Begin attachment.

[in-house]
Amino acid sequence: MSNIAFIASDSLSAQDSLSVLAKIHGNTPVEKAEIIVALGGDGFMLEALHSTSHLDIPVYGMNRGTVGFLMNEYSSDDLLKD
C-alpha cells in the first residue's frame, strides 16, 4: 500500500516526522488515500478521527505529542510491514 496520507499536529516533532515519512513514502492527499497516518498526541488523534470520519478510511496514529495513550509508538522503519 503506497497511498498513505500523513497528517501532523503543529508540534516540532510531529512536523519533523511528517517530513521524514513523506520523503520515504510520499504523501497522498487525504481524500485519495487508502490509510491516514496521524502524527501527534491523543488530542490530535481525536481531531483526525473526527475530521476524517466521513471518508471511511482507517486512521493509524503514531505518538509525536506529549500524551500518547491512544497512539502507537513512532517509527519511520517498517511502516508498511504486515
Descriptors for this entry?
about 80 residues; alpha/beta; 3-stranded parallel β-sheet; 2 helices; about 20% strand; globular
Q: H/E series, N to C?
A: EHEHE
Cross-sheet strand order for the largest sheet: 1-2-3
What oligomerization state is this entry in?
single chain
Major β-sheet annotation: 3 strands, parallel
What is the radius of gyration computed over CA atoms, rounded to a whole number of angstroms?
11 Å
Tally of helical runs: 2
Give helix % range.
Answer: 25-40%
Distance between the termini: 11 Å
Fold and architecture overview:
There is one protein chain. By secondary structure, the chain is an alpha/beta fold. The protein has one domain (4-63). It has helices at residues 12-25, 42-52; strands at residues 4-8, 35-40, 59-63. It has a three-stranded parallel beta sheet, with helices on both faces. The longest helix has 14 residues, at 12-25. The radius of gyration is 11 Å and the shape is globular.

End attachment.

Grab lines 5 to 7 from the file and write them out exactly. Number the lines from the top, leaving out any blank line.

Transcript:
about 80 residues; alpha/beta; 3-stranded parallel β-sheet; 2 helices; about 20% strand; globular
Q: H/E series, N to C?
A: EHEHE